Keywords: Sciences (General)
    E-ISSN: 1932-6203
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  • 5
    Language: English
    In: Age and Ageing, 2015, Vol.44(3), p.356(9)
    Keywords: Nursing Homes – Management ; Elderly – Health Aspects ; Aggressiveness (Psychology) – Behavior ; Caregivers – Practice
    ISSN: 0002-0729
    Source: Cengage Learning, Inc.
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  • 6
    In: International Psychogeriatrics, 2015, Vol.27(3), pp.471-479
    Description: ABSTRACT Background: Music can be therapeutic to people with dementia; however, little is known about its effect on the family carers. This project aimed to (1) assess the effects of MP3 player use by a person with dementia on caregivers’ mental health and wellbeing, including their self-care and health-promoting behavior and (2) determine whether MP3 player use increases caregivers’ self-reported capacity to cope with their role. Methods: A pre–post quantitative and qualitative design was used. Carers completed a survey prior to commencing and four weeks after using the player. The survey included validated measures to assess the level of stress and coping among carers. Carers also kept a diary of the way they used the MP3 player. Half of the carers were interviewed about their experiences at the end of the study. Results: Of 59 people who started using the MP3 player, 51 carers completed the four-week study period and surveys. Use of the MP3 player significantly decreased psychological distress, significantly improved the mental health and wellbeing of carers, significantly increased caregiver self-efficacy to manage symptoms of dementia, and was reported to provide valued respite from the high level of vigilance required for caring for a person with dementia. Conclusion: An MP3 player loaded with music can be a low cost and relatively simple and effective additional strategy to support families caring for people with dementia in the community.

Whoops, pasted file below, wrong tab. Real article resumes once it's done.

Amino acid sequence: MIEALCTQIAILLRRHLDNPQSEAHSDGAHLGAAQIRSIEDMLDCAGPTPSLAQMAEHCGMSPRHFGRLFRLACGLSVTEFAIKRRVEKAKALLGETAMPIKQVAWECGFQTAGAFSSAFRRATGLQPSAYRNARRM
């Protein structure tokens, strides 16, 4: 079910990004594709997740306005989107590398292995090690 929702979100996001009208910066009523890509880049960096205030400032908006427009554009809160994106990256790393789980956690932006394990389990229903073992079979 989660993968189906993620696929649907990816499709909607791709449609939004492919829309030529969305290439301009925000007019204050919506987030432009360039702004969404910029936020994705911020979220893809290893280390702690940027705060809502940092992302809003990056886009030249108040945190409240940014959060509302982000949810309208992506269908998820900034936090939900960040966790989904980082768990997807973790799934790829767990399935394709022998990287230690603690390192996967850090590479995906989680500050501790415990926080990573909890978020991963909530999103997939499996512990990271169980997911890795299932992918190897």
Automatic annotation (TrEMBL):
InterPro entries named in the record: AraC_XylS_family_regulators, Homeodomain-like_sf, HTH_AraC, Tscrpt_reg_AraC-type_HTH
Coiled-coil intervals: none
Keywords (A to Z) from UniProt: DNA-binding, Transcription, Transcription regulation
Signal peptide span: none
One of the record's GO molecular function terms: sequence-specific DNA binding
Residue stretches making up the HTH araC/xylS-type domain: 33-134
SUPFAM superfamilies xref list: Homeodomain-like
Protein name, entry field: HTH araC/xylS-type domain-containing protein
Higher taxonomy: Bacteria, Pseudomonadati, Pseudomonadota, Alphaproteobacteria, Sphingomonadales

Keywords: Technology; Music; Dementia; Family Caregiver; Burden
    ISSN: 1041-6102
    E-ISSN: 1741-203X
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  • 7
    Language: English
    In: Resuscitation, January 2016, Vol.98, pp.118-124
    Description: The prevalence of dementia is growing with an ageing population. Most persons with dementia die of acute illness and many are hospitalised at the end of life. In the acute hospital setting, limitation of care orders (LCOs) such as Do Not Attempt CPR and Physician Orders For Life Sustaining Treatment (POLST), appear to be underused in patients with dementia. These patients receive the same aggressive life-prolonging therapies as any other patient, despite drastically higher mortality. However, limitation of care orders in patients with dementia is not addressed by current guidelines or policies. Systems and processes for obtaining and documenting LCO need improvement at the individual, organisational and societal level. The issue is controversial amongst the public and poorly understood by clinicians. Balanced and empathetic decision-making requires an individualised approach and recognition of the complexities (legal, ethical and clinical) of this issue. We examine the domains of: (a) treatment effectiveness, (b) burden of care and quality of life and (c) patient autonomy and capacity.
    Keywords: Limitations of Care ; Dnacpr ; Dementia ; Acute Hospital ; Medicine
    ISSN: 0300-9572
    E-ISSN: 1873-1570
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  • 8
    Language: English
    In: Australian Journal of Advanced Nursing, The, Vol. 36, No. 2, Dec 2018 - Feb 2019: 14-22